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Rich and Gellman report: "In room-size metal boxes ­secure against electromagnetic leaks, the National Security Agency is racing to build a computer that could break nearly every kind of encryption used to protect banking, medical, business and government records around the world."

The NSA is seeking a faster computer to break codes. (photo: Shutterstock)
The NSA is seeking a faster computer to break codes. (photo: Shutterstock)

NSA Seeks to Build Quantum Computer That Could Crack Most Types of Encryption

By Steven Rich and Barton Gellman, The Washington Post

03 January 14


n room-size metal boxes ­secure against electromagnetic leaks, the National Security Agency is racing to build a computer that could break nearly every kind of encryption used to protect banking, medical, business and government records around the world.

According to documents provided by former NSA contractor Edward Snowden, the effort to build "a cryptologically useful quantum computer" - a machine exponentially faster than classical computers - is part of a $79.7 million research program titled "Penetrating Hard Targets." Much of the work is hosted under classified contracts at a laboratory in College Park, Md.

The development of a quantum computer has long been a goal of many in the scientific community, with revolutionary implications for fields such as medicine as well as for the NSA's code-breaking mission. With such technology, all current forms of public key encryption would be broken, including those used on many secure Web sites as well as the type used to protect state secrets.

Physicists and computer scientists have long speculated about whether the NSA's efforts are more advanced than those of the best civilian labs. Although the full extent of the agency's research remains unknown, the documents provided by Snowden suggest that the NSA is no closer to success than others in the scientific community.

"It seems improbable that the NSA could be that far ahead of the open world without anybody knowing it," said Scott Aaronson, an associate professor of electrical engineering and computer science at the Massachusetts Institute of Technology.

The NSA appears to regard itself as running neck and neck with quantum computing labs sponsored by the European Union and the Swiss government, with steady progress but little prospect of an immediate breakthrough.

"The geographic scope has narrowed from a global effort to a discrete focus on the European Union and Switzerland," one NSA document states.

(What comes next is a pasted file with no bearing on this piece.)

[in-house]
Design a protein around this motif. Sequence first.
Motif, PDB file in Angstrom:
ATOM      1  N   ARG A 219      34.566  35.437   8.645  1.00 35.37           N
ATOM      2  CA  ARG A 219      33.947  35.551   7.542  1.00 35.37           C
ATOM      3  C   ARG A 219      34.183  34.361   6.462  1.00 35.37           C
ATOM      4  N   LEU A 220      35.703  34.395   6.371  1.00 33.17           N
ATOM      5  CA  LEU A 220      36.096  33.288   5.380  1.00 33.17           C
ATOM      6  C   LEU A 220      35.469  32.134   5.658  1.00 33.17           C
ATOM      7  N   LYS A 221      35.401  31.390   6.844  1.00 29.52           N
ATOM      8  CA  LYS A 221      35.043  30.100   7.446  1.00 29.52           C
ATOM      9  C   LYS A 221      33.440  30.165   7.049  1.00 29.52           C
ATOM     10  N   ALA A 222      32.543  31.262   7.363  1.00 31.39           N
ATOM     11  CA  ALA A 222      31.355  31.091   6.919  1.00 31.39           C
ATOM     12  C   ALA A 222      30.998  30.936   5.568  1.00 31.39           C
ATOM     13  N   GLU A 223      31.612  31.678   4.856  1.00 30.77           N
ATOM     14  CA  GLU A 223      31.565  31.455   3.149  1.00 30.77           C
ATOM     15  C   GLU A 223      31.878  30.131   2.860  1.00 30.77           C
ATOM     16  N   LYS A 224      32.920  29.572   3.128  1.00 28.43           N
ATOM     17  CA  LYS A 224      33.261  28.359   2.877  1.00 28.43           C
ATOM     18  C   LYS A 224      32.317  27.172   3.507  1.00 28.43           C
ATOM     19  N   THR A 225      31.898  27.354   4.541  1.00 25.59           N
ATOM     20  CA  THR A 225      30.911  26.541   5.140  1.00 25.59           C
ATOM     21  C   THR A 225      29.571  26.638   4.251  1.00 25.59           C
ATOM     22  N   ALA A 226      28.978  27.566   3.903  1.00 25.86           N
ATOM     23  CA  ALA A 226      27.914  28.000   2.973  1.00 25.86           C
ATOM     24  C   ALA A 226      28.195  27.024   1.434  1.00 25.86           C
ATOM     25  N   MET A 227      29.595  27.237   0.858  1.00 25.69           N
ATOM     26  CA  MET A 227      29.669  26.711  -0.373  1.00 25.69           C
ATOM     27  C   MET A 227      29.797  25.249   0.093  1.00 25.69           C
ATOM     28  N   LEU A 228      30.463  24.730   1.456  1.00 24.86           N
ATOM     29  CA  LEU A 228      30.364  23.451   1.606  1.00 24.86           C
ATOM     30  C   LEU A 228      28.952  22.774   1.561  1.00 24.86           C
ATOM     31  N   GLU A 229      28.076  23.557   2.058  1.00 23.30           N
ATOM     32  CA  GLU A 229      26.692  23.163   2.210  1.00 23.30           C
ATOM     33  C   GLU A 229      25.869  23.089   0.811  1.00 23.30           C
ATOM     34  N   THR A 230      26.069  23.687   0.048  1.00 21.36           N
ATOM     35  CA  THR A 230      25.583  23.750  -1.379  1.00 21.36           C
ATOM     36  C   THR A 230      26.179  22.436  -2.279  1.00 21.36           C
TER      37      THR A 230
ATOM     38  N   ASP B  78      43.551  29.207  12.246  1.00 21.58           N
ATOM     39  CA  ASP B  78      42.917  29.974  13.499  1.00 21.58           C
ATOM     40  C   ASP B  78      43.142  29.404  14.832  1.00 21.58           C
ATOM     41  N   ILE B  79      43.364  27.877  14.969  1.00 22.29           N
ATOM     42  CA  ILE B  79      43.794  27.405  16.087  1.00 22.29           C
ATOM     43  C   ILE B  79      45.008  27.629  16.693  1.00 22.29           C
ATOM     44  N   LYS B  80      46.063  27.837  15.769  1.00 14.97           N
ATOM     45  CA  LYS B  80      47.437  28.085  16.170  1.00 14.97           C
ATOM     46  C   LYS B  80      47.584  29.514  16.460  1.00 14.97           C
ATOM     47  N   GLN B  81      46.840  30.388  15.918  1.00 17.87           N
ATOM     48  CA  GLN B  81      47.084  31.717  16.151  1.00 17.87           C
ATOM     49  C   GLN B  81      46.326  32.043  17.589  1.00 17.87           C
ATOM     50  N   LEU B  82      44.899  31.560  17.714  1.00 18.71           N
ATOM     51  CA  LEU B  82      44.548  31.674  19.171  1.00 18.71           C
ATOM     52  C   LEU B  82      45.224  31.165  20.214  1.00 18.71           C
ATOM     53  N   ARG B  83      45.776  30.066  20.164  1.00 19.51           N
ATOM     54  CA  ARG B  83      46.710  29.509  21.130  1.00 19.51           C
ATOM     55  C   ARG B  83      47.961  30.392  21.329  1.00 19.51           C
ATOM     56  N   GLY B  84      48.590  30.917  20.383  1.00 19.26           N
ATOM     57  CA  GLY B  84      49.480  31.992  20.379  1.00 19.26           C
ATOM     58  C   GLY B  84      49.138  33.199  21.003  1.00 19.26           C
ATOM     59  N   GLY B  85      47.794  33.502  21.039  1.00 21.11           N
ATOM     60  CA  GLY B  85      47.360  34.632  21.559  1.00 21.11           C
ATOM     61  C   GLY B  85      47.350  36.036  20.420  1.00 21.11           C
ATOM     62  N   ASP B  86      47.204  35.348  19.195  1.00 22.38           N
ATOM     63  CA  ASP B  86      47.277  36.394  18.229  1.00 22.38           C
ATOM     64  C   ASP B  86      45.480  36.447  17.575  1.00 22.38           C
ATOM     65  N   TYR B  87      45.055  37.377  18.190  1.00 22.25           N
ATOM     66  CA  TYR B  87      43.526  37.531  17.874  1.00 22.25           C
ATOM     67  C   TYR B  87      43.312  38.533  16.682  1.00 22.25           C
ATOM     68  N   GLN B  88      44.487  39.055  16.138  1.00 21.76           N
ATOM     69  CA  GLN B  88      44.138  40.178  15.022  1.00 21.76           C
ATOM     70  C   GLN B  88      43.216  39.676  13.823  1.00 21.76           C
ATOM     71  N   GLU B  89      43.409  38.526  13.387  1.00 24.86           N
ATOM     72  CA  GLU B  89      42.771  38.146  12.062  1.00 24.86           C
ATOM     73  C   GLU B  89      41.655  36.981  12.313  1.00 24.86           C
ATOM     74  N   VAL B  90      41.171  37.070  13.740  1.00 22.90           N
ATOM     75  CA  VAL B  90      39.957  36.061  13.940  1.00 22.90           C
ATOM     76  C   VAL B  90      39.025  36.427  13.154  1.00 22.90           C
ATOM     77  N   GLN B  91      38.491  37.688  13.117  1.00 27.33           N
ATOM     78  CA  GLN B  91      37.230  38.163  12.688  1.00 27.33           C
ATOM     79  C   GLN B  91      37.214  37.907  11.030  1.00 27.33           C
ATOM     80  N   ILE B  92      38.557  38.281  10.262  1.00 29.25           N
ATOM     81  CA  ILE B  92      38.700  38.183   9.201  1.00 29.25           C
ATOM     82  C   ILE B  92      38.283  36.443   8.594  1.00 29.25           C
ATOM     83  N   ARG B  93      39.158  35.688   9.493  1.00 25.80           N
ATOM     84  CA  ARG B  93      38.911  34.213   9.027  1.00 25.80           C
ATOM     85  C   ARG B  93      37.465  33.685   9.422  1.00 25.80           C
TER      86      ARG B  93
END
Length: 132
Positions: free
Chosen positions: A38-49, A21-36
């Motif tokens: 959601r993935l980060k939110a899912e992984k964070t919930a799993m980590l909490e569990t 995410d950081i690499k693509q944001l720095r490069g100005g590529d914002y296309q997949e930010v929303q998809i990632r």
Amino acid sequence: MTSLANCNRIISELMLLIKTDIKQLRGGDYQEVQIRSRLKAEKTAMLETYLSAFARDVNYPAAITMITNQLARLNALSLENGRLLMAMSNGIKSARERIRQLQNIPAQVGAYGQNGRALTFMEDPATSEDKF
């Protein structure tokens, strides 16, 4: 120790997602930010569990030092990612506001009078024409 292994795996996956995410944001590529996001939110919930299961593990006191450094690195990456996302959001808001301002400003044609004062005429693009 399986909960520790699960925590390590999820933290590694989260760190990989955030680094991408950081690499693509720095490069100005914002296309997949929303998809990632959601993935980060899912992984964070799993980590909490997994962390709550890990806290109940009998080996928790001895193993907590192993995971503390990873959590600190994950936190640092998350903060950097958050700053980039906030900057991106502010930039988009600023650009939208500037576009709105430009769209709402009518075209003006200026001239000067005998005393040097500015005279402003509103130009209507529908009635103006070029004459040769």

Seth Lloyd, an MIT professor of quantum mechanical engineering, said the NSA's focus is not misplaced. "The E.U. and Switzerland have made significant advances over the last decade and have caught up to the U.S. in quantum computing technology," he said.

The NSA declined to comment for this article.

The documents, however, indicate that the agency carries out some of its research in large, shielded rooms known as Faraday cages, which are designed to prevent electromagnetic energy from coming in or out. Those, according to one brief description, are required "to keep delicate quantum computing experiments running."

The basic principle underlying quantum computing is known as "quantum superposition," the idea that an object simultaneously exists in all states. A classical computer uses binary bits, which are either zeroes or ones. A quantum computer uses quantum bits, or qubits, which are simultaneously zero and one.

This seeming impossibility is part of the mystery that lies at the heart of quantum theory, which even theoretical physicists say no one completely understands.

"If you think you understand quantum mechanics, you don't understand quantum mechanics," said the late Nobel laureate Richard Feynman, who is widely regarded as the pioneer in quantum computing.

Here's how it works, in theory: While a classical computer, however fast, must do one calculation at a time, a quantum computer can sometimes avoid having to make calculations that are unnecessary to solving a problem. That allows it to home in on the correct answer much more quickly and efficiently.

Quantum computing is difficult to attain because of the fragile nature of such computers. In theory, the building blocks of such a computer might include individual atoms, photons or electrons. To maintain the quantum nature of the computer, these particles would need to be carefully isolated from their external environments.

"Quantum computers are extremely delicate, so if you don't protect them from their environment, then the computation will be useless," said Daniel Lidar, a professor of electrical engineering and the director of the Center for Quantum Information Science and Technology at the University of Southern California.